Krabloonik steps closer to long-term lease deal
The Aspen Times
The new owners of Krabloonik are one step closer to having a long-term lease for the dog-sledding business after Monday’s Snowmass Village Town Council meeting.
The council had granted a temporary lease to Danny and Gina Phillips on Dec. 1 so they could open the business in time for the holiday season. But in light of past controversy and a criminal case against the business’s former owner, the council wanted to further evaluate the couple and consider a heavier hand in the animals’ welfare.
On Monday, the Phillipses presented their plans for animal care and reducing the size of the pack, now close to 250, to about 170 to 200 animals by spaying and neutering and adopting out some dogs. In a document titled “Best Practices,” Gina Phillips explained their approach and the reason for how they do everything from tethering — which allows the dogs to interact safely with one another and for the mushers to monitor individual animals’ health — when and what they’re fed and how Krabloonik will determine whether to euthanize an animal.
Mayor Markey Butler said in order to move forward with transferring the lease, which is set to expire in 2026, she thinks it is imperative to create a resident advisory group as well as some kind of organized monitoring of the animals’ care. Butler and some others in the room said they don’t think the state’s standards, which are enforced by a program of the Colorado Department of Agriculture, are enough.
“You’re doing a great job, but come on: We gotta prove to the world that we’re doing OK,” Butler said.
Councilwoman Alyssa Shenk said the town could explore including penalties in the lease in the case of any violations or wrongdoing. Town staff members are going to explore those different options and work with the Phillipses on them, after which the council will consider a new draft of the lease.
Members of the advocacy group Voices for the Krabloonik Dogs said this was the most action they’d ever seen from the council on this issue. The Voices group formed more than six years ago to advocate better care of the dogs on the part of former owner and founder Dan MacEachen, who will stand trial for animal-abuse charges in May, and greater regulation by the council.
“We think this is the time we can all … make sustainable changes in the best interest of the dogs,” member Leigh Vogel said.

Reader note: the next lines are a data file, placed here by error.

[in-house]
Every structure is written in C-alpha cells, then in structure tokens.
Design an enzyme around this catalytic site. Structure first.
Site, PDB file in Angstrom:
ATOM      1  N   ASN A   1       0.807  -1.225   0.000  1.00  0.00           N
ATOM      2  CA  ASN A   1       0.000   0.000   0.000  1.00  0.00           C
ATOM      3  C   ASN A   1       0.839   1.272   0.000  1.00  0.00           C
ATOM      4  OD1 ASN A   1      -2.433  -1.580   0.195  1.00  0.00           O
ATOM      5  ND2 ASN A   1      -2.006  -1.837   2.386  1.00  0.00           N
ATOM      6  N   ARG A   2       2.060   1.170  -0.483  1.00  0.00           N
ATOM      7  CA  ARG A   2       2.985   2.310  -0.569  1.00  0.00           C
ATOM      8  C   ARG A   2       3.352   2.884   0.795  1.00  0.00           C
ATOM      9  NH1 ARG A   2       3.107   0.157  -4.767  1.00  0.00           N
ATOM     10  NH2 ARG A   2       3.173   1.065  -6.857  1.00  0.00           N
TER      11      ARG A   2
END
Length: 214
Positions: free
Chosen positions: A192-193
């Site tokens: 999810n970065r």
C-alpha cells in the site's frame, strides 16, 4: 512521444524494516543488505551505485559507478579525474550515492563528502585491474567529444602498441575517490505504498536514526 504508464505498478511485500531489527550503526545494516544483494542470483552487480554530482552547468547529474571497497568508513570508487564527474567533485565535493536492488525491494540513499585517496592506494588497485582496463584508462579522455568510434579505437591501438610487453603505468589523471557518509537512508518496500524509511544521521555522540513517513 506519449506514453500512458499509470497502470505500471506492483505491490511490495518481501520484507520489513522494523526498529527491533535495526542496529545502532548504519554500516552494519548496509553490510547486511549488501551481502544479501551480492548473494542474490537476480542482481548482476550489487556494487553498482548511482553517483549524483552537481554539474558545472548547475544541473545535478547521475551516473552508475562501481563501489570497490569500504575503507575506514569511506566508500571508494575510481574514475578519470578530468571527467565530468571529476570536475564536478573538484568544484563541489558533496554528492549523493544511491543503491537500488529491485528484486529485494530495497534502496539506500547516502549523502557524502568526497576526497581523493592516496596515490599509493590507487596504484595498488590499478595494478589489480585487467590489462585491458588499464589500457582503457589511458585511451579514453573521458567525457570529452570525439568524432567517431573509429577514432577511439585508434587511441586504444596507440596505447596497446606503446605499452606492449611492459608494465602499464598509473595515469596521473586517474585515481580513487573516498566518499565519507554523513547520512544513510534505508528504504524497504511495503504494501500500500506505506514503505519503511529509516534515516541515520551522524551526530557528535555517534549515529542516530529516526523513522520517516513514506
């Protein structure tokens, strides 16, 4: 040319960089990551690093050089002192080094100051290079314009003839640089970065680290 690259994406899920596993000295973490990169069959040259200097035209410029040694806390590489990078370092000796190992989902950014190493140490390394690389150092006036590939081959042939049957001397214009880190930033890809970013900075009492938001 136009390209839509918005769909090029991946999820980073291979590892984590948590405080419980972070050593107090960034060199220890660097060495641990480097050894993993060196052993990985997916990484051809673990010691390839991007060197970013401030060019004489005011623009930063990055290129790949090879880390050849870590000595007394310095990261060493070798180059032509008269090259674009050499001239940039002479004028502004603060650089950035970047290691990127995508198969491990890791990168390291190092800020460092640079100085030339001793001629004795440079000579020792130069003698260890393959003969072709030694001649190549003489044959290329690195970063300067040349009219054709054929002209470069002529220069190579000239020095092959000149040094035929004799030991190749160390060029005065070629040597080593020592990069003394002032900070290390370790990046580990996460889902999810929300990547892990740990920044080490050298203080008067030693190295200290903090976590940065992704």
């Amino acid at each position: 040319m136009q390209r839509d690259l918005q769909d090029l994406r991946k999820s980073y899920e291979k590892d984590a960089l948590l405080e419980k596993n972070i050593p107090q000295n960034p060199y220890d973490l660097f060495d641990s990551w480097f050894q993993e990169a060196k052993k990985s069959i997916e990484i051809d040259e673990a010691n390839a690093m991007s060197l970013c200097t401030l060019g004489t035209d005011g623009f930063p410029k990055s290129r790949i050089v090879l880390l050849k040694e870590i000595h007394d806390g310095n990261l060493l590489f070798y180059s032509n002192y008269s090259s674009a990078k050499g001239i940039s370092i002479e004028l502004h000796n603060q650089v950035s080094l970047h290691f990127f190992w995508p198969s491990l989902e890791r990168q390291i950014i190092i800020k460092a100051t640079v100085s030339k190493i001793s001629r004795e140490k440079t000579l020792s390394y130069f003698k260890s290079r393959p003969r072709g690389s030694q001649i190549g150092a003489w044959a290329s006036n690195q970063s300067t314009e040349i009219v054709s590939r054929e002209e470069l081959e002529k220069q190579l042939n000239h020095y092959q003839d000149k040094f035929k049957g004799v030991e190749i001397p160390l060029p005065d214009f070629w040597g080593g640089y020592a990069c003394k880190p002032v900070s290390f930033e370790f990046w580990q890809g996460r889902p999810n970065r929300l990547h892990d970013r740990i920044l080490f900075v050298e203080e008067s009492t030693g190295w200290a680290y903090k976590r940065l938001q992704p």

Voices group member Bill Fabrocini threw his support behind the Phillipses, but cautioned the council that no one can predict the economic viability of the business under their ownership. The lease should have “some grit” in it, he said, to ensure that the dogs are well taken care of regardless of who’s running the business.
The Phillipses are hoping to have the new lease by the end of February. They said they would want to talk to the town more about how it would select people for a resident advisory group, but for the most part, they felt comfortable with what the council was asking of them.
“There seems to be a lot of new, and I hope the past doesn’t hold up the new,” Danny Phillips said.
A question raised by Councilman Chris Jacobson was whether the town wanted to consider other uses for the property, which it acquired in 2006 in a land swap with MacEachen.
However, when the town acquired the property, it also entered into a covenant with the neighboring Divide subdivision, which limits the land to certain uses. For example, it can’t be used for another commercial use or for a multi-residential building, such as an affordable-housing complex.
The current lease includes a purchase option, giving the tenant the right to buy the land after 2016 for a price determined by a formula in the document. Councilman Bill Madsen said he wanted to consider omitting the option from the new agreement.
However, he backed off somewhat on learning the limitations of the property, and as Town Attorney John Dresser pointed out, eliminating it would change the value of the business that the Phillipses just acquired.
“I think that I’m happy,” Jacobson said. “I’m positive about trying to embrace (the Phillipses) moving forward. If I were in your place, I’d be looking at (the purchase option) as a big part of my deal.”
The “only ugly option,” he added, would be not transferring the lease to the couple and having the business returned to MacEachen.
“Then the crisis continues,” he said.
Support Local Journalism
Support Local Journalism
Readers around Aspen and Snowmass Village make the Aspen Times’ work possible. Your financial contribution supports our efforts to deliver quality, locally relevant journalism.
Now more than ever, your support is critical to help us keep our community informed about the evolving coronavirus pandemic and the impact it is having locally. Every contribution, however large or small, will make a difference.
Each donation will be used exclusively for the development and creation of increased news coverage.
Start a dialogue, stay on topic and be civil.
If you don't follow the rules, your comment may be deleted.
User Legend: Moderator Trusted User
“Because of the pandemic, I mean, it’s like, people are even more excited, — they’re like, ‘alright, give me five boxes instead of two,’” said Heather Merritt Gentry, the troop leader for Aspen Girl Scout Brownie Troop 15014.